The 3 opioid receptors—μ, δ, and κ (MOR, DOR, and KOR)—belong to the rhodopsin family of GPCRs (see Chapter 3) and share extensive sequence homologies (55-58%). Highly selective agonists have been developed that show specific affinity for the respective binding site (e.g., DAMGO for μ, DPDPE for δ, and U-50,488, and U-69,593 for κ) (Table 18–2). Commonly used antagonists (Table 18–3) include cyclic analogs of somatostatin such as CTOP as a μ receptor antagonist, a derivative of naloxone called naltrindole as a δ receptor antagonist, and a bivalent derivative of naltrexone called nor-binaltorphimine (nor-BNI) as a κ-receptor antagonist.

Table 18–2

Opioid Agonists


Table 18–3

Opioid Antagonists


In the membrane, opiate receptors can form both homo- and heterodimers. Dimerization can alter the pharmacological properties of the respective receptors. Splice variants exist within each of the 3 opioid receptor families, and this alternative splicing of receptor transcripts may be crucial for the diversity of opioid receptors. Given the functional importance of the intracellular components of the GPCRs, it is not surprising that significant differences exist for the receptor isoforms in terms of agonist-induced G protein activation and receptor internalization.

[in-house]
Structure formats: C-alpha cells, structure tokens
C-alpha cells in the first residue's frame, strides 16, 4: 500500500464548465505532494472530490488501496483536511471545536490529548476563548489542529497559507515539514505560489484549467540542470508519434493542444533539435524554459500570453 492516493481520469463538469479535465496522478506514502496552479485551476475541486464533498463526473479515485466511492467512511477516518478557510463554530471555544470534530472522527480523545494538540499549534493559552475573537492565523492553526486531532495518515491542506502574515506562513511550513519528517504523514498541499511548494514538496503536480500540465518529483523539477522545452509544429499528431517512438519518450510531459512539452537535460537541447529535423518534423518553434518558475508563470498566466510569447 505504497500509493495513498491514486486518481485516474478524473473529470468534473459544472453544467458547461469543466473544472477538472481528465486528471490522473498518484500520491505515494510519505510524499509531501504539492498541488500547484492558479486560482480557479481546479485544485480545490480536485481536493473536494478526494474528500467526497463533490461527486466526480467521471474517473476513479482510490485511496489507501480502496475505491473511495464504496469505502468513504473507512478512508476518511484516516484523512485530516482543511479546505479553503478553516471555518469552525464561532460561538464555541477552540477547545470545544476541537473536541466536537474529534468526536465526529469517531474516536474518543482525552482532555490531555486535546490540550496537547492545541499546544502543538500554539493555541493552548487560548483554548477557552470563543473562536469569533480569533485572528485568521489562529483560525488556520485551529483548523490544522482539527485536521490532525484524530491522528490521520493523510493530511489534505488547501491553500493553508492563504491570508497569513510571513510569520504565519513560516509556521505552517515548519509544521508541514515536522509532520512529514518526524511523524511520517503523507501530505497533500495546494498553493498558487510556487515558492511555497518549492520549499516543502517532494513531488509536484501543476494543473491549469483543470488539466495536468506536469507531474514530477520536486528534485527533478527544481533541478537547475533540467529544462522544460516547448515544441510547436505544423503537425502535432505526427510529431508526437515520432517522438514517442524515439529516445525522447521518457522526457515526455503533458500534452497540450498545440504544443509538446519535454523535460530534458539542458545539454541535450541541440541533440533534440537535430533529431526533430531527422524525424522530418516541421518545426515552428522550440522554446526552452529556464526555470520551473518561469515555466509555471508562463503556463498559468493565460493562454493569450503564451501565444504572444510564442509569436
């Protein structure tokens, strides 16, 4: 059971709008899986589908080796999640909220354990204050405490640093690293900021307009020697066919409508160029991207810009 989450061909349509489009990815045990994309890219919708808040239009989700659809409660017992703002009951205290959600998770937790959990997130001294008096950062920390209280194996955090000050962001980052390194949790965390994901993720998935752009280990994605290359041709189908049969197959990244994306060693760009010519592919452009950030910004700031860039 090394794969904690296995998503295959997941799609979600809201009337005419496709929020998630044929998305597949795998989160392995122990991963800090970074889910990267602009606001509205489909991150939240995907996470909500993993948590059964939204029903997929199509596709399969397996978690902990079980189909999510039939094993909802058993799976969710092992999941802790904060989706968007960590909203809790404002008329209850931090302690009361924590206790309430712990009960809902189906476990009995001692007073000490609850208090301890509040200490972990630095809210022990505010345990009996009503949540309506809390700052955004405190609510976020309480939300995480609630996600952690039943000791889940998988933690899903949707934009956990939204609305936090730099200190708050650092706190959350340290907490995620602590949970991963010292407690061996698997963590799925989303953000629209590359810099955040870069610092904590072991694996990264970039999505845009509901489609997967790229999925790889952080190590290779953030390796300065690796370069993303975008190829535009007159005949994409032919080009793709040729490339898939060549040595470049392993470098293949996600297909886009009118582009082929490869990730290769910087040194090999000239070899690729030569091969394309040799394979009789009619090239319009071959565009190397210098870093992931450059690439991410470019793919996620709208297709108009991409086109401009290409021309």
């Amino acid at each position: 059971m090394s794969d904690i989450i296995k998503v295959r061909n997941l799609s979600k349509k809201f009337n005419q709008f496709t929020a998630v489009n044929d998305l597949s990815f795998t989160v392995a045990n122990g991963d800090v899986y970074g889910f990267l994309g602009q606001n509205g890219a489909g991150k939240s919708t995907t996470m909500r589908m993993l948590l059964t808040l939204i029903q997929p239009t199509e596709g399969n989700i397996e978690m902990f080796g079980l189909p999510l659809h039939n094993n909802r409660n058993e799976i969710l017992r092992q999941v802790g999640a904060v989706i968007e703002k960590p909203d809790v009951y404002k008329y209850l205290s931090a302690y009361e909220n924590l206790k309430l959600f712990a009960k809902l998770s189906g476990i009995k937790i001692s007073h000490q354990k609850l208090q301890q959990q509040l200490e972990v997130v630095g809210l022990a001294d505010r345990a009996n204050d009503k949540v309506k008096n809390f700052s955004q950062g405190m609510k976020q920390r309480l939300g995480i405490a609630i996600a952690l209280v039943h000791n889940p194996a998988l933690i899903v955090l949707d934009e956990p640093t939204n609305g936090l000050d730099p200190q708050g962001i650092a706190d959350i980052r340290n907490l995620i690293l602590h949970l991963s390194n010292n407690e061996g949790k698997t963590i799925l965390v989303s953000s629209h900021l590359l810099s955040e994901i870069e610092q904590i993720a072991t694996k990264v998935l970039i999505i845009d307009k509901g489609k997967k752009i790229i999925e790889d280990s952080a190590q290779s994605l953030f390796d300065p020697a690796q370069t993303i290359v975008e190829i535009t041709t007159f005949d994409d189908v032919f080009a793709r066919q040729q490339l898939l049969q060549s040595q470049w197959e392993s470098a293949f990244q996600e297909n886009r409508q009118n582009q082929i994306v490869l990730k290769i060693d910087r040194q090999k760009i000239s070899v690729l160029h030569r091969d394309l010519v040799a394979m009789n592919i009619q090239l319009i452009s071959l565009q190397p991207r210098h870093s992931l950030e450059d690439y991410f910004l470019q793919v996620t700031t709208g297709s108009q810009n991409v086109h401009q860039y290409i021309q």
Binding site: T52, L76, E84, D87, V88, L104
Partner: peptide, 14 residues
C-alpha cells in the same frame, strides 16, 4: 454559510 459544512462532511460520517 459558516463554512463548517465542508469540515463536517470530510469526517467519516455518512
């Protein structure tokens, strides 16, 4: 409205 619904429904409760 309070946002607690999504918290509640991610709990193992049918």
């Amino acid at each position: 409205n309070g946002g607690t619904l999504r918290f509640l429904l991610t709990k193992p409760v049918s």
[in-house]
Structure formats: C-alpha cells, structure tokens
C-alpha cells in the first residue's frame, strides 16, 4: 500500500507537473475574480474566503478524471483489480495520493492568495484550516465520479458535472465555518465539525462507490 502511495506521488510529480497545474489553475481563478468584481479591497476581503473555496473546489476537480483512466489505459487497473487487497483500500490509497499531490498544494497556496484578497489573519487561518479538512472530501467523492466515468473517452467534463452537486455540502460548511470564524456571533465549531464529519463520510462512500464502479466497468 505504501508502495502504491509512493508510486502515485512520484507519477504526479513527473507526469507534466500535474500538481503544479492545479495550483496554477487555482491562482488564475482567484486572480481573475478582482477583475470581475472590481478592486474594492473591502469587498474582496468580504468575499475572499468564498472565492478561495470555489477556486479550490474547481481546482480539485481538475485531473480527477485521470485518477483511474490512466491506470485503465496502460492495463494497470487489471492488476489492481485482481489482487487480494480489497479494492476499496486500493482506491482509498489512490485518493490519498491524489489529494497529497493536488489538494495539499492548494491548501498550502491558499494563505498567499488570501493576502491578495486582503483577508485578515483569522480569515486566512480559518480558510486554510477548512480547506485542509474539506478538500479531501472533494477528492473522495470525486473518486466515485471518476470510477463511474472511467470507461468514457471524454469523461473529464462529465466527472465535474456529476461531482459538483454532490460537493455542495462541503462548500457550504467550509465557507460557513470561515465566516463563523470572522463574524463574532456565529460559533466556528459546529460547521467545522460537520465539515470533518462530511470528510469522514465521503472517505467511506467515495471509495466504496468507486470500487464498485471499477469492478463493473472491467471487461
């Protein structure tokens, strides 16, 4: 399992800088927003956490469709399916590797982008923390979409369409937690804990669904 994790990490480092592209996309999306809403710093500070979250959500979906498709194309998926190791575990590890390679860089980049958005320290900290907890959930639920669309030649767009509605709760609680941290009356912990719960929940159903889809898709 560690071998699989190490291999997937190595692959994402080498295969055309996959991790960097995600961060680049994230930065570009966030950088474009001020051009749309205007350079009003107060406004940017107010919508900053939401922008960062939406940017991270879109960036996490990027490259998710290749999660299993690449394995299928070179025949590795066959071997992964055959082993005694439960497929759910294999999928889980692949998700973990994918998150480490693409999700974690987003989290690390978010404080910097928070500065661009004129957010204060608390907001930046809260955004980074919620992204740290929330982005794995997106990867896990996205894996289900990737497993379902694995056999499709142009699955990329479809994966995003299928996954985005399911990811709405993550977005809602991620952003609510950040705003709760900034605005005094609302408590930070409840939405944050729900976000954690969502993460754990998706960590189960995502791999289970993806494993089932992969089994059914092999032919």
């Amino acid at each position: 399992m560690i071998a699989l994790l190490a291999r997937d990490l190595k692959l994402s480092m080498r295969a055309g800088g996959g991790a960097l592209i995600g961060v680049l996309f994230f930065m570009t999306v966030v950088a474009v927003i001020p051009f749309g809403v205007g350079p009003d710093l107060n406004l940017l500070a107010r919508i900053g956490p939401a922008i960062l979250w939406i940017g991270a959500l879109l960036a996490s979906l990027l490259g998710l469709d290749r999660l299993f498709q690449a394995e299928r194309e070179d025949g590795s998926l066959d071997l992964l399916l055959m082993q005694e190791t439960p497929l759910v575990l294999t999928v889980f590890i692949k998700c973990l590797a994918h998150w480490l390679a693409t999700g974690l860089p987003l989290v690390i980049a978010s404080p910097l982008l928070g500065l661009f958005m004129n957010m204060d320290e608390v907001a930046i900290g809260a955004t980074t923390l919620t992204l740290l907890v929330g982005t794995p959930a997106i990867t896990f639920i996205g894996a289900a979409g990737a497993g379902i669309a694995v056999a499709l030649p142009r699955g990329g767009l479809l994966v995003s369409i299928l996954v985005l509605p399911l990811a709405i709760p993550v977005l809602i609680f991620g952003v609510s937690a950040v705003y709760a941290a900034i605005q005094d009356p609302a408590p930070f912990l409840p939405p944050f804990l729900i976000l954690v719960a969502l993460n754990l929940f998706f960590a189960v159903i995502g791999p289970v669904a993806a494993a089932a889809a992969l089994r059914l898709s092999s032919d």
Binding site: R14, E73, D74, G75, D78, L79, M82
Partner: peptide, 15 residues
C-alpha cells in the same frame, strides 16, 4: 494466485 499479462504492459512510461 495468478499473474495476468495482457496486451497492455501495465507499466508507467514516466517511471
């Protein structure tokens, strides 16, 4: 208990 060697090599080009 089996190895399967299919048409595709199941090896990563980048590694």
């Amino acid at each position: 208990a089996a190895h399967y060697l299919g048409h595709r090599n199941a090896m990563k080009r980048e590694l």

An opiate receptor-like protein (ORL1 or NOP) was cloned based on its structural homology (48-49% identity) to other members of the opioid receptor family; it is G-protein coupled, has an endogenous ligand (nociception/orphanin, FQ: N/OFQ), but does not display an opioid pharmacology.


The μ, δ, and κ receptors couple through pertussis toxin-sensitive, Gi/Go proteins (but occasionally to Gs or Gz). Upon receptor activation, the Gi/Go coupling results in a large number of intracellular events, including:

• Inhibition of adenylyl cyclase activity

• Reduced opening of voltage-gated Ca2+ channels (reduces neurotransmitter release from presynaptic terminals)

• Stimulation of K+ current through several channels including G protein-activated inwardly rectifying K+ channels (GIRKs) (hyperpolarizes and inhibits postsynaptic neurons)

• Activation of PKC and PLCβ


The loss of effect with exposure to opiates occurs over short- and long-term intervals.